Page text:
"handed the keys to a Lamborghini" after a late-season win. He wasn't just boasting about his enviable collection of pass-catching brethren. The 
 Vikings brought in several mid-tier free agents last offseason, and the offensive line gelled as a result, especially in the run game. Consider that in 2016, Minnesota backs gained an average of zero yards before defenders closed within a yard, ranking dead last that season. In 2017, the figure jumped all the way up to 0.53 and into the top six. With the line opening up holes in the run game, the 
 Vikings were able to overcome the early-season loss of rookie 
 Dalvin Cook and ride 
 Latavius Murray and 
 Jerick McKinnon to keep their ground attack afloat. 

Pressures allowed: 148 (fourth). Average YGBC: 0.23 (17th).

 **Score:** 21. 

The Raiders entered the 2017 season with an offensive line that was mentioned right along with the Cowboys' as one of the best in the league. Oakland's line took a small step back overall, but only in one sector of the game. Marshawn Lynch's addition signaled that the Raiders wanted to be more of a power run-based team, yet the run blocking fell off, as the Raiders' backs gained an average of 0.23 yards before defenders closed within 1 yard of them, hovering right below the league average. The line was still excellent in pass protection, however, giving up just 148 pressures on the year. Oakland still has several top-flight interior players in Gabe Jackson, Kelechi Osemele and Rodney Hudson in place as the offense looks to rebound in 2018.

Pressures allowed: 180 (10th). Average YGBC: 0.35 (11th).

 **Score:** 21. 

The Steelers' offensive prowess starts up front, as both their run- and pass-blocking units were among the 11 best groups in the NFL. The excellent trio of Alejandro Villanueva, Maurkice Pouncey and David DeCastro has played together for the better part of three years, and the chemistry shows. The group deserves a wealth of credit for adapting its blocking to fit the unique running style of Le'Veon Bell. The All-Pro back's world-renowned patience makes him more challenging to block for than most, but Pittsburgh's group executes the assignment to perfection. The Steelers' O-line also does its part to keep Ben Roethlisberger clean, as the Pro Bowl passer was under pressure on just 21.7 percent of his dropbacks.

Pressures allowed: 188 (12th). Average YGBC: 0.42 (ninth).

 **Score:** 21. 

The Falcons have done magnificent work to retool their offensive line over the last two offseasons, most notably with the addition of Alex Mack at center. Both Tevin Coleman and Devonta Freeman found running behind Mack to be a fruitful venture. The Falcons totaled 481 yards and six touchdowns (sixth-highest this year) on runs up the middle. Atlanta also provided excellent protection for Matt Ryan, allowing just 188 pressures in 2017. Health played a huge factor in the team's offensive line success, as only one member of the front five failed to play 16 games.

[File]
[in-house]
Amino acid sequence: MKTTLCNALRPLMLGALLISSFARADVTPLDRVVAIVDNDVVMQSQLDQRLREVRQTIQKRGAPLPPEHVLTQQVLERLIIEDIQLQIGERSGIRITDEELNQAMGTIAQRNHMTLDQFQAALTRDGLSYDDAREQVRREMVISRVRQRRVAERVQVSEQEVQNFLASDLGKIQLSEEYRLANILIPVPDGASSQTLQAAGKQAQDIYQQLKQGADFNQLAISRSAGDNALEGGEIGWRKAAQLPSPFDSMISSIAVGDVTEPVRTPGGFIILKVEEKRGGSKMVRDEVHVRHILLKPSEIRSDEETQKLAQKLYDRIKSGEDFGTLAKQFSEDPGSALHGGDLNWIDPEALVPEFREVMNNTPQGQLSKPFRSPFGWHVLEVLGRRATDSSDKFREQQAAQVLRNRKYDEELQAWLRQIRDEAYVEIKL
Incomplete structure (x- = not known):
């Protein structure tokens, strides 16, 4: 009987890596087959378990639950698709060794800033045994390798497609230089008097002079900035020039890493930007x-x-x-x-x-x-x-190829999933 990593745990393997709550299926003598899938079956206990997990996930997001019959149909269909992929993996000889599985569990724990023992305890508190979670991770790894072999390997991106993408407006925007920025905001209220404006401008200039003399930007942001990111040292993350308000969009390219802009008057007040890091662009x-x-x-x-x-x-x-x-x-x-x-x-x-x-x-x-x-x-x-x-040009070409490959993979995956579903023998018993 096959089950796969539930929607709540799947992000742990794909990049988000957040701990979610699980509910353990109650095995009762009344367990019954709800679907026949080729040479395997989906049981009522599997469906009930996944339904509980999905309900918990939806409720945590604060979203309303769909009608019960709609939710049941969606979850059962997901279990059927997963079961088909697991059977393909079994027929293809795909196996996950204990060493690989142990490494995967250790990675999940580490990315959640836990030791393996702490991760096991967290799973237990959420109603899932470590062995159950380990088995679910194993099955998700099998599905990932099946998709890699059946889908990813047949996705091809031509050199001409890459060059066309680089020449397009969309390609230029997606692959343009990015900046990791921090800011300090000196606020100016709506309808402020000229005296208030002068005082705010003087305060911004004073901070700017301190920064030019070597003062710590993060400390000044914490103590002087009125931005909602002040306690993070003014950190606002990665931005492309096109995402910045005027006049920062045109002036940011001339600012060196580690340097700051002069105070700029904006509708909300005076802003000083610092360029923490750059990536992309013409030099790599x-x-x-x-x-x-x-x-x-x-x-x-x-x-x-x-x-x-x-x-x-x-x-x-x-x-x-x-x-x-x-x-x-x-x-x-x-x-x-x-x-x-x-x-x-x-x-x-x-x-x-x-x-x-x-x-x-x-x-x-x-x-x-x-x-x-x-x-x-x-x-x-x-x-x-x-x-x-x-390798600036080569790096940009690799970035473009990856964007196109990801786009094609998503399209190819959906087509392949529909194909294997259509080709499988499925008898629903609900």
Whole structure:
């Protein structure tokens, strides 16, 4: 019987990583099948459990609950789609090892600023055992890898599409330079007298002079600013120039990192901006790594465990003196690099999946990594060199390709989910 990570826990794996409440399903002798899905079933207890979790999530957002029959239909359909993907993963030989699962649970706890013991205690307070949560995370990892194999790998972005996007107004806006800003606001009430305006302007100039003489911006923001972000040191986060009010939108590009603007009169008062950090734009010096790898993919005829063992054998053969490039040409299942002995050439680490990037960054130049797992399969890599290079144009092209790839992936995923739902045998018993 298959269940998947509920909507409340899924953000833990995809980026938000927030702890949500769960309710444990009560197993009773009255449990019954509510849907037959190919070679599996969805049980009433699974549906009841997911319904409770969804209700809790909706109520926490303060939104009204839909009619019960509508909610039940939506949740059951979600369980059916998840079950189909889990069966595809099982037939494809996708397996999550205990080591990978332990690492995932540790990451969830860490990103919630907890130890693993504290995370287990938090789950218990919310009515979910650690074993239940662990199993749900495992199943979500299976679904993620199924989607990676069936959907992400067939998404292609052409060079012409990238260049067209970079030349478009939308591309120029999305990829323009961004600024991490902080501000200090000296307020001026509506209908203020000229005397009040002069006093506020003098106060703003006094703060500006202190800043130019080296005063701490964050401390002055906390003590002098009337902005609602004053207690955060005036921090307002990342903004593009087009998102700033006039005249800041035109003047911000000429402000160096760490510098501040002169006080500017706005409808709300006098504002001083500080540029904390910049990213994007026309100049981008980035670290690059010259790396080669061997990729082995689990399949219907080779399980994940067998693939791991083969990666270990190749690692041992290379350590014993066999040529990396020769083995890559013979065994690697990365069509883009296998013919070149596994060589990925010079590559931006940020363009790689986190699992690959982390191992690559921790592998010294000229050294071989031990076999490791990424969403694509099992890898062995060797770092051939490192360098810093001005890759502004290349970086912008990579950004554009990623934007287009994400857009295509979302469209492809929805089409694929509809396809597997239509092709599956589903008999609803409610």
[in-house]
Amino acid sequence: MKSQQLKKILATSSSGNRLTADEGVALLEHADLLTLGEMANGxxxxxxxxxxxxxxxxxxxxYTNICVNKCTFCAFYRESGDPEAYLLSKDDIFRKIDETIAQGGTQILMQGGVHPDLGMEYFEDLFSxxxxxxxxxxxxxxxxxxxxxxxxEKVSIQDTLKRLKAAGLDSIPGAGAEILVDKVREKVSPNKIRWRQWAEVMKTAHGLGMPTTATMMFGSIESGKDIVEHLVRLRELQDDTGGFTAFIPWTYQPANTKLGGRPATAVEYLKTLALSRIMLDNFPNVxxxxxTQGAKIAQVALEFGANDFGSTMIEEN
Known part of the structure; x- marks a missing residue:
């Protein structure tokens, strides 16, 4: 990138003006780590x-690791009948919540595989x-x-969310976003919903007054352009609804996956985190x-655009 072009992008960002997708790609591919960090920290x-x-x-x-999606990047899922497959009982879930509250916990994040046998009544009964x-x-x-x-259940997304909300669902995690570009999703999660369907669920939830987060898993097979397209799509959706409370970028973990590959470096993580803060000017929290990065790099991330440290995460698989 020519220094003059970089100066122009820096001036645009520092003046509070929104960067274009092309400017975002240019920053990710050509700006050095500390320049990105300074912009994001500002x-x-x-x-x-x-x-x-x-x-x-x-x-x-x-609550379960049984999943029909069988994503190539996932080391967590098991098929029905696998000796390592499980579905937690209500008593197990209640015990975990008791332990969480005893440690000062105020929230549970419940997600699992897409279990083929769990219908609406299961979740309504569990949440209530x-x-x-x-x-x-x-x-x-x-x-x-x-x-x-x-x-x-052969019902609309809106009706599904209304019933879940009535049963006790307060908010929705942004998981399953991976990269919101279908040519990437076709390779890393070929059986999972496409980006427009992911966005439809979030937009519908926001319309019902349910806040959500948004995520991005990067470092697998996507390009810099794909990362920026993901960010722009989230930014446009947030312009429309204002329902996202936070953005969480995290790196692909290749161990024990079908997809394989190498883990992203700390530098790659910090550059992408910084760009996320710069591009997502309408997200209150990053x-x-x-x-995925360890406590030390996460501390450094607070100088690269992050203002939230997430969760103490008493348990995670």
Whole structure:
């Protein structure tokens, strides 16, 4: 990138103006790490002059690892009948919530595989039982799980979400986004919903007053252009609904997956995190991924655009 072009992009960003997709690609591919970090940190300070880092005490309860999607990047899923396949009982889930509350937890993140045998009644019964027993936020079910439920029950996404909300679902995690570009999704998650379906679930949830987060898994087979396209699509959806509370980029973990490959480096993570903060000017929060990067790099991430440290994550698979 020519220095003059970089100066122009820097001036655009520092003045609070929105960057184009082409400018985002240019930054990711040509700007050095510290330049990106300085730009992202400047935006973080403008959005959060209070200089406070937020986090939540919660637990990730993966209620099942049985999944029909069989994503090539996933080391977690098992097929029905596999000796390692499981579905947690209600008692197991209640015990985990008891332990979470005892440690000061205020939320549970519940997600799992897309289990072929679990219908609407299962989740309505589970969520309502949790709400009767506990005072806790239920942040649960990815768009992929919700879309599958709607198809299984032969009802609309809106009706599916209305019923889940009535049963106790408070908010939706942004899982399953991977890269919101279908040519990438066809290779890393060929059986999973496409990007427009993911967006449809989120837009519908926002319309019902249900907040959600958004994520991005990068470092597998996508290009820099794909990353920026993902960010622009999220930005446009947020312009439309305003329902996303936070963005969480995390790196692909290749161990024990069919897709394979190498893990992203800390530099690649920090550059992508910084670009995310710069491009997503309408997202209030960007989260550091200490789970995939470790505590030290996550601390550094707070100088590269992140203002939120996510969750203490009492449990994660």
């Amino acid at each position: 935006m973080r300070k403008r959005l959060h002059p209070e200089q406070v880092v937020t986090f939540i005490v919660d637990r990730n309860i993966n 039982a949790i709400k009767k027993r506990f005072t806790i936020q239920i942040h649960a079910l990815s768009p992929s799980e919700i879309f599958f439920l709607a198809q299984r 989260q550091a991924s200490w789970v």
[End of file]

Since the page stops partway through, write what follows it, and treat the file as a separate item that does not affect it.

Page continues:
Pressures allowed: 190 (13th). Average YGBC: 0.32 (13th).

 **Score:** 26. 

The Jaguars slide into the final spot inside the top-10 thanks to overall solid play in both the run-blocking and pass-protection departments. The Jaguars ranked 13th in both average rushing yards gained before defenders closed within a yard of their backs and pressures allowed. The addition of Leonard Fournette was key to hammering home the identity makeover Tom Coughlin and Co. wanted in the offseason. However, strong play from the offensive line can't be discounted. Jacksonville giving its backs an average of 0.32 yards before defenders closed within 1 yard helped keep the run game productive even when the prized rookie missed time. While Fournette stole the headlines, the team's selection of left tackle Cam Robinson in the second round proved just as impactful.


» I was more than a little surprised when the Super Bowl champion Philadelphia Eagles checked in outside the top 20 offensive lines in both Next Gen Stats measurements. The unit features stars like Jason Kelce and Lane Johnson, along with the underrated Brandon Brooks. It was the top-ranked unit by Pro Football Focus and named Offensive Line of the Year at NFL Honors. The team did give up more pressure than most noticed in the first few months of the season, which made Carson Wentz's excellence at escaping broken pockets and shaking off rushers all the more impressive. Additionally, subbing in Halapoulivaati Vaitai at left tackle for an injured Jason Peters did prove to be a significant downgrade. The Eagles gave up 129 pressures from the left side of their offensive line, the third-most among any team in 2017.

» The Dallas Cowboys' offensive line reached fabled levels of greatness during the 2016 season, lifting then-rookie runner Ezekiel Elliott to the NFL's rushing title. Yet, after offseason personnel losses at right tackle and left guard, the 2017 version of the Cowboys' front five came into the season with far more questions than the previous year's dominance would suggest. As the year wore on and the news cycle hammered the storylines of Elliott's suspension and Dak Prescott's sophomore slump, it appears the NFL world at large forgot to notice that the unit that once anchored this team was no longer a true trump card. The Cowboys allowed a pressure on 28.6 percent of Prescott's dropbacks, the 12th-highest rate in the league. They took an even steeper decline as run blockers. Elliott averaged a whopping 0.6 yards before defenders closed within a yard of him in 2016, more than doubling up the league average. However, Cowboys running backs averaged just 0.2 YGBC in 2017, ranking 20th on the year. When you realize that Dallas received high-level play over a full 16 games from just two players (center Travis Frederick and right guard Zack Martin) after a year in which the whole starting five fired on all cylinders, their offensive issues become far less surprising.

Follow Matt Harmon on Twitter _@MattHarmonBYB_.